The Rochester school board frequently finds itself at odds with public opinion over how much supervision superintendents need. Too much, and board members are accused of meddling and micromanaging. Too little, and the public directs its anger at the board when things go wrong.
Board member Van White says he is not willing to err on the latter. He was extremely frustrated by a recent report that says that only 9 percent of Rochester’s black males graduate in four years, the lowest rate of any urban district in the country.
The report by the Schott Foundation for Public Education, which paints an equally grim picture for Latino males, should be sounding alarm bells, White said in a phone interview yesterday. And he said he will be urging board members to direct Superintendent Bolgen Vargas to develop a short-term strategy to begin addressing the problem at tonight’s monthly board meeting.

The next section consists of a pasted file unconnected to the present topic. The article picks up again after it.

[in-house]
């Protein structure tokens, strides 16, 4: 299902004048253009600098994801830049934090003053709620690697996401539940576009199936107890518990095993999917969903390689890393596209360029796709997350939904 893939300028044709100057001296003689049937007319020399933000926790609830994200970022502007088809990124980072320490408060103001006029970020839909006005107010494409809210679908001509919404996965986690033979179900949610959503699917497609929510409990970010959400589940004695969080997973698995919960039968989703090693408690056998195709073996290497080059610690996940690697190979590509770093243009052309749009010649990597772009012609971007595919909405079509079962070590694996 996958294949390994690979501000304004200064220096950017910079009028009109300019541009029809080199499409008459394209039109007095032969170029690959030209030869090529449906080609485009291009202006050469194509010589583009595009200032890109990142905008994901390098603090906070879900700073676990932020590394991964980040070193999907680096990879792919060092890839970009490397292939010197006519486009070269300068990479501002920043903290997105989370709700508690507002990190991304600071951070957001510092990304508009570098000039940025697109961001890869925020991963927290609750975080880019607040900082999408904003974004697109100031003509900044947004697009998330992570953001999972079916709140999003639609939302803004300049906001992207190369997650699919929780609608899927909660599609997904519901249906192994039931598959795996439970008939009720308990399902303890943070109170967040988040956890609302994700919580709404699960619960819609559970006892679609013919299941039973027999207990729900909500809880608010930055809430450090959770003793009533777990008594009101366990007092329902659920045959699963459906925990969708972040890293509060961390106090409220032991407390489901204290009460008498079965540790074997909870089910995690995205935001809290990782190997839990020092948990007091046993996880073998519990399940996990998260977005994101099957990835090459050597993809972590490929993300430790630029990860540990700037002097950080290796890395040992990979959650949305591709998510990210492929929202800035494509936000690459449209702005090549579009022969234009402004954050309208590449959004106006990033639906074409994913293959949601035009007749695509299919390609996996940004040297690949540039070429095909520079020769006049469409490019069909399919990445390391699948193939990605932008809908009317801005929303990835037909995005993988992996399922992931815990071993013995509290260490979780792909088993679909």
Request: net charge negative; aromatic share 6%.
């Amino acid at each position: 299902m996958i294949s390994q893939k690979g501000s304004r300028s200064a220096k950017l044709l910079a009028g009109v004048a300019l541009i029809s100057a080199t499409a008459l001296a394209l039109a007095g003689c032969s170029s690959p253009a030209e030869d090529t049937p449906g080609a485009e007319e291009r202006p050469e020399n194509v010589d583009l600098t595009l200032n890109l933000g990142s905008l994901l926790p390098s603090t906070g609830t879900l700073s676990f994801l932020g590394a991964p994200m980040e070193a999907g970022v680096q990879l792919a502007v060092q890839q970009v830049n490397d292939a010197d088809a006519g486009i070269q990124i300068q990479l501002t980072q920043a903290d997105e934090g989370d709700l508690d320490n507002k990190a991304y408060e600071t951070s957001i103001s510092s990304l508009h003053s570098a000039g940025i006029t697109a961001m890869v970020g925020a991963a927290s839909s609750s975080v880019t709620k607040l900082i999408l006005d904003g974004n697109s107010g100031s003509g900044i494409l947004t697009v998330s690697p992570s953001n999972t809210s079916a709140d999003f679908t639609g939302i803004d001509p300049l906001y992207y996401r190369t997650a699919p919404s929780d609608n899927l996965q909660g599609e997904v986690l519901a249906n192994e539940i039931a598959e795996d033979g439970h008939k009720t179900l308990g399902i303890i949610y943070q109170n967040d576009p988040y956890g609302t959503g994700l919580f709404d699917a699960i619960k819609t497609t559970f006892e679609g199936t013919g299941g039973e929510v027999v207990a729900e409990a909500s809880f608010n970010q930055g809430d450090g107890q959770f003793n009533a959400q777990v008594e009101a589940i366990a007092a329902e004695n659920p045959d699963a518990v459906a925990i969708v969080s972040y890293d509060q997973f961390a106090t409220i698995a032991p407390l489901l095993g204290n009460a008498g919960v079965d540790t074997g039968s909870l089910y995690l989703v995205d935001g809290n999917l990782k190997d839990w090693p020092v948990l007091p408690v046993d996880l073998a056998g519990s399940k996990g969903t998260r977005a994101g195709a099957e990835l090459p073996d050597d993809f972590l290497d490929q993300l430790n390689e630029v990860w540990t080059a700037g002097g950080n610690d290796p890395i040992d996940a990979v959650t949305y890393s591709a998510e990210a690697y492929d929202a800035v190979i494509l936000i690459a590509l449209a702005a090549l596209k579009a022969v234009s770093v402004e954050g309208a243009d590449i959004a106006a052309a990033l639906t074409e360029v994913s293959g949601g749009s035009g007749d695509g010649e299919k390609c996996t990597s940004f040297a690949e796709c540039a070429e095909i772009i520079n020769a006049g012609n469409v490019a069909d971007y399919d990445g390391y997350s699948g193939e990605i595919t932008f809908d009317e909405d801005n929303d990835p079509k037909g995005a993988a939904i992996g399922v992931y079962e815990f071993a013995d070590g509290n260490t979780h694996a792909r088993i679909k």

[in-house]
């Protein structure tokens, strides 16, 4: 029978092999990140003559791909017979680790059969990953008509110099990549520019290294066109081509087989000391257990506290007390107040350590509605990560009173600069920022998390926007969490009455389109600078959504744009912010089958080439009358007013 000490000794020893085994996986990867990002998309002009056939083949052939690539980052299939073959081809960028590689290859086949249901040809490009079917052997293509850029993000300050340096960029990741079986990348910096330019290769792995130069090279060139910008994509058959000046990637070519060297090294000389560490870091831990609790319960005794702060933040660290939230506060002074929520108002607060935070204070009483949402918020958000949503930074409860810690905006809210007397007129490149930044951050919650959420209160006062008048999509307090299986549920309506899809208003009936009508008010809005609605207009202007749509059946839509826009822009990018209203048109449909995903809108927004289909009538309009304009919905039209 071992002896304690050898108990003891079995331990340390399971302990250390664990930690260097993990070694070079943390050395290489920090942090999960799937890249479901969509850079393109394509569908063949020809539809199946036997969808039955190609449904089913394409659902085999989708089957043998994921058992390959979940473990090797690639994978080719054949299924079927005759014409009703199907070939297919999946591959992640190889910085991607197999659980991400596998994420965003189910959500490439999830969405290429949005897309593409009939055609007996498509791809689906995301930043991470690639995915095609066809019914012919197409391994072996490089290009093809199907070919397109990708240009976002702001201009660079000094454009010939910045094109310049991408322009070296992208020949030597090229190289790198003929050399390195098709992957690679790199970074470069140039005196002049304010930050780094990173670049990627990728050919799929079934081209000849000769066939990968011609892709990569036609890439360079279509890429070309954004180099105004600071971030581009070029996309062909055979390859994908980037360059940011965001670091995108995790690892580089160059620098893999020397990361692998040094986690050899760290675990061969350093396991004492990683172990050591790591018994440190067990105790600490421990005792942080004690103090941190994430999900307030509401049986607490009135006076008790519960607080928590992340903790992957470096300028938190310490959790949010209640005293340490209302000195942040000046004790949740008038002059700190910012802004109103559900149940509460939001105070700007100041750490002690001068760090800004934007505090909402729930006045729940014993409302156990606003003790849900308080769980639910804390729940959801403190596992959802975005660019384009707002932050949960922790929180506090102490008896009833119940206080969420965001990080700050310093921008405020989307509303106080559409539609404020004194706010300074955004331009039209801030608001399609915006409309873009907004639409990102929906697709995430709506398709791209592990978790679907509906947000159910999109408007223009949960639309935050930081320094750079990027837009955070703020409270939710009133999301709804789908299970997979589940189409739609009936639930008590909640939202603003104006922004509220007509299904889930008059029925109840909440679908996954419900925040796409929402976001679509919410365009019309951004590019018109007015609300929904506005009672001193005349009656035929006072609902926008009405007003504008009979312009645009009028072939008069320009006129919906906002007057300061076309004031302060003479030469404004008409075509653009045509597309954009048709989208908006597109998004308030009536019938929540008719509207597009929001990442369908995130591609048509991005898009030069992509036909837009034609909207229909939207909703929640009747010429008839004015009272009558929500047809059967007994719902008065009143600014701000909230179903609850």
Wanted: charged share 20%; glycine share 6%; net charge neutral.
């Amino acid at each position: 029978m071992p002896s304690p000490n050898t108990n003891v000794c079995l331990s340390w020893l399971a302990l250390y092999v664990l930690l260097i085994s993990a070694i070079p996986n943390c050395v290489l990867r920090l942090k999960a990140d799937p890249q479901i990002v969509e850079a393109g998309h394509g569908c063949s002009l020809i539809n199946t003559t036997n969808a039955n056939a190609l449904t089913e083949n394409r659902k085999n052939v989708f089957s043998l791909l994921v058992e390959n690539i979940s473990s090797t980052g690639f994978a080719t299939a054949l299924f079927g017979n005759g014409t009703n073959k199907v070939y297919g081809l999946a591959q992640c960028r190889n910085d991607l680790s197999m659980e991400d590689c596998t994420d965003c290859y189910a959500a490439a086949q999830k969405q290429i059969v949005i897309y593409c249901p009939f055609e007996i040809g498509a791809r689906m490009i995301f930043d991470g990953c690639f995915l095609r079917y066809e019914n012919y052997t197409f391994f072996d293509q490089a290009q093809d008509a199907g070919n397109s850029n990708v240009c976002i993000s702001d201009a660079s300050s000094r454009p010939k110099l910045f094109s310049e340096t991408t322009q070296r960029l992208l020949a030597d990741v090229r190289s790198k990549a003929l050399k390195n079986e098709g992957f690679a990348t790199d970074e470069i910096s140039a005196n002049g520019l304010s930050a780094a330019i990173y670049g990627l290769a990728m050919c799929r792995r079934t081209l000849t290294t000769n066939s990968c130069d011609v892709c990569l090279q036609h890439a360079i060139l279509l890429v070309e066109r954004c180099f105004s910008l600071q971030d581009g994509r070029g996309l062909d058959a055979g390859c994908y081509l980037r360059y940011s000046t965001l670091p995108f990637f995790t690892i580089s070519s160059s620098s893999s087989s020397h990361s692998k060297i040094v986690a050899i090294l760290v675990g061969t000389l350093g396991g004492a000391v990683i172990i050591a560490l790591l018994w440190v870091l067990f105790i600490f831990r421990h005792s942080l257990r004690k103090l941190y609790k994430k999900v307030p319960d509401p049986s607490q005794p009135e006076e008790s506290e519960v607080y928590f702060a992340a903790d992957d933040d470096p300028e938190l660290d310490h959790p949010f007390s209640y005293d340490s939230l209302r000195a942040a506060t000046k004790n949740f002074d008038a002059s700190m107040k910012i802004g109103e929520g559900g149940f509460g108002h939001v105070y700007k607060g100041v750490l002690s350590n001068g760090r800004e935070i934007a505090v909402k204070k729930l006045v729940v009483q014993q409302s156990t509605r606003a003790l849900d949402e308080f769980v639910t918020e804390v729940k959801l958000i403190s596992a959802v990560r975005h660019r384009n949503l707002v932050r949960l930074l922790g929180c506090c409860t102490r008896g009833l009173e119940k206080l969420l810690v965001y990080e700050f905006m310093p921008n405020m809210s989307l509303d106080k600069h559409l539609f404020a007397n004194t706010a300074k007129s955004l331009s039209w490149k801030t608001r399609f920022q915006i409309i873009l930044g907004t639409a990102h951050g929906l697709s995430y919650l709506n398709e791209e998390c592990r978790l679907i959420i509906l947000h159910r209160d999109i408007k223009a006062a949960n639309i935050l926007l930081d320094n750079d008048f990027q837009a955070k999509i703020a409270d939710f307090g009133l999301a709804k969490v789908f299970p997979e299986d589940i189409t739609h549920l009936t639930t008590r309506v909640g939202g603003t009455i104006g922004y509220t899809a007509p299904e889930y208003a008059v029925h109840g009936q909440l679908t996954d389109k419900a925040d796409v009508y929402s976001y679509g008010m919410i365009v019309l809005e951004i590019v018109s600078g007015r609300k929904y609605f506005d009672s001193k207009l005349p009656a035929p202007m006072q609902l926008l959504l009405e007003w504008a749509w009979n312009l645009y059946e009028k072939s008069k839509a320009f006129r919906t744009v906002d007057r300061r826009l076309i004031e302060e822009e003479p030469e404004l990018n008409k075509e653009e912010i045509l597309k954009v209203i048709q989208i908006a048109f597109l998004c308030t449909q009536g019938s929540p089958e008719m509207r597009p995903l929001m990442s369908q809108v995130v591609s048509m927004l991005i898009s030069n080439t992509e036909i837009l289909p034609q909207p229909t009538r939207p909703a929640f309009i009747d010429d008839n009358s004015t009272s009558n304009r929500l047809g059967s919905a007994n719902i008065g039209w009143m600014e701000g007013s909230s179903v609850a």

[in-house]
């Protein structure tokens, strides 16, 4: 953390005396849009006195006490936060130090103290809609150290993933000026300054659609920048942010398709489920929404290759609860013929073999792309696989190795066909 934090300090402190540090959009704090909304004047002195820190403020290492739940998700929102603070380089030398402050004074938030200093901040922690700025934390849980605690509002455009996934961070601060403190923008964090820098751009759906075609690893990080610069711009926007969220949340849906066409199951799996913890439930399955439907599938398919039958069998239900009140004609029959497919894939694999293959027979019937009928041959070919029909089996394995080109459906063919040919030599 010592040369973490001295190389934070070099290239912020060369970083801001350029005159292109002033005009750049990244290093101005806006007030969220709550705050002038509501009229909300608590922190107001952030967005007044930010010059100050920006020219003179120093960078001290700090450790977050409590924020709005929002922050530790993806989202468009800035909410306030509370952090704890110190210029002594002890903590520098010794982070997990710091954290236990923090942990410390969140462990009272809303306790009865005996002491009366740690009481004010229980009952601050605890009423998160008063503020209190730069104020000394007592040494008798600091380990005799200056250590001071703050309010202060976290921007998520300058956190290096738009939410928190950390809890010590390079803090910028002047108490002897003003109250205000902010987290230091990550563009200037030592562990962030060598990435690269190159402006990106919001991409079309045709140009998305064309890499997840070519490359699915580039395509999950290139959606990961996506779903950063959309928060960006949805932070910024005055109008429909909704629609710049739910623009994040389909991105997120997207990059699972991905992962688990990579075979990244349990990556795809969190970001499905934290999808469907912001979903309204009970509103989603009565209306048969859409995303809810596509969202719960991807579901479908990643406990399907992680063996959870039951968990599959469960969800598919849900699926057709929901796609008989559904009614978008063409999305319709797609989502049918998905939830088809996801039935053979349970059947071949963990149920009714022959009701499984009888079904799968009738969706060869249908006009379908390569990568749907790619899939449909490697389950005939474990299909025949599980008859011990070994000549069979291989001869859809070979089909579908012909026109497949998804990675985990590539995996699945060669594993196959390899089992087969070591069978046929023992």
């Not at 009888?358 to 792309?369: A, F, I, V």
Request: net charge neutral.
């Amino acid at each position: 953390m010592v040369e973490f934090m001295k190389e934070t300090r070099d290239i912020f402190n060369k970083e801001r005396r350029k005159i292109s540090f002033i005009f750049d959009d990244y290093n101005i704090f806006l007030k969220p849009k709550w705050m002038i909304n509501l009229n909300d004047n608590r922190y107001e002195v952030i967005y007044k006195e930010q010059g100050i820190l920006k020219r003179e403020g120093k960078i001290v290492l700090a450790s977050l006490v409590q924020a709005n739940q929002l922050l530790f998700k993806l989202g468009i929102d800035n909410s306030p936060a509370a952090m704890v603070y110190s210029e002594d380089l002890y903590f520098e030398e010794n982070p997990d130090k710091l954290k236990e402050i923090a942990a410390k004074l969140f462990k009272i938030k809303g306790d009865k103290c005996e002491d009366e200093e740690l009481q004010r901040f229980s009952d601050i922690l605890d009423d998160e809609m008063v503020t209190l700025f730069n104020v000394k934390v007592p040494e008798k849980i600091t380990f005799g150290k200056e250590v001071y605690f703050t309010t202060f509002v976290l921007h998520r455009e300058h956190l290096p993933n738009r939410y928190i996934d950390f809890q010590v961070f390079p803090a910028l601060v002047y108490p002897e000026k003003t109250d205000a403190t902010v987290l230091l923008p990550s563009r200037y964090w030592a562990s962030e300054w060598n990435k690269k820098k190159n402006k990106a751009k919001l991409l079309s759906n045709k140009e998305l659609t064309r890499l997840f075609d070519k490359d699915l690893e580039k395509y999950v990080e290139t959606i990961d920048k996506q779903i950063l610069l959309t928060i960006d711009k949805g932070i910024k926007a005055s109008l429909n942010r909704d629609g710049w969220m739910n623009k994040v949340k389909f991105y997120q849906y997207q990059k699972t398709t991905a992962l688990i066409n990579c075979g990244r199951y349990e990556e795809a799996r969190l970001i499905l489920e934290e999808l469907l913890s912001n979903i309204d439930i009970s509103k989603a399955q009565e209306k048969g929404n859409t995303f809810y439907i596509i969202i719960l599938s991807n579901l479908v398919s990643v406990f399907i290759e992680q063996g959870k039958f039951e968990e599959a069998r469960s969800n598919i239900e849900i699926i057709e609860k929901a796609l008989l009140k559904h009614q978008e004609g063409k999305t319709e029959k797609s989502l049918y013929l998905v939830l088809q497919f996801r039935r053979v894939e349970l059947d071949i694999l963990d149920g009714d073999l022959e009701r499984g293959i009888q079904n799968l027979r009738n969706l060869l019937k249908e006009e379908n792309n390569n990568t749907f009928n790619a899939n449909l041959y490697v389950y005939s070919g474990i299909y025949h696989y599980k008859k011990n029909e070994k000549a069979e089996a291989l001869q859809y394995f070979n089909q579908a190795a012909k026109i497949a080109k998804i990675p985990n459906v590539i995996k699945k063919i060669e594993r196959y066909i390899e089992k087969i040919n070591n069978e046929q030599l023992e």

The meeting is at the district’s central office at 131 West Broad Street, at 6:30 p.m.
“This is a state of emergency,” White said, and he is troubled by the district’s lack of responsiveness to such damaging news. Earlier this week, Superintendent Vargas said that he had not thoroughly read the Schott report (which is 50 pages long) and that its data does not match the district’s.
In a letter sent to board members, White said, “We must offer up a plan which effectively communicates our understanding that we are confronted with a crisis. Additionally, and more importantly, such a plan must more clearly define our specific programmatic priorities and the time frames we expect to carry them out.”
The Schott Report was released the same week that a US Census report showed that Rochester’s child poverty rate has risen from 11th to the 7th highest in the country. Roughly 54 percent of city children under age 18, according to the US Census, live in poverty.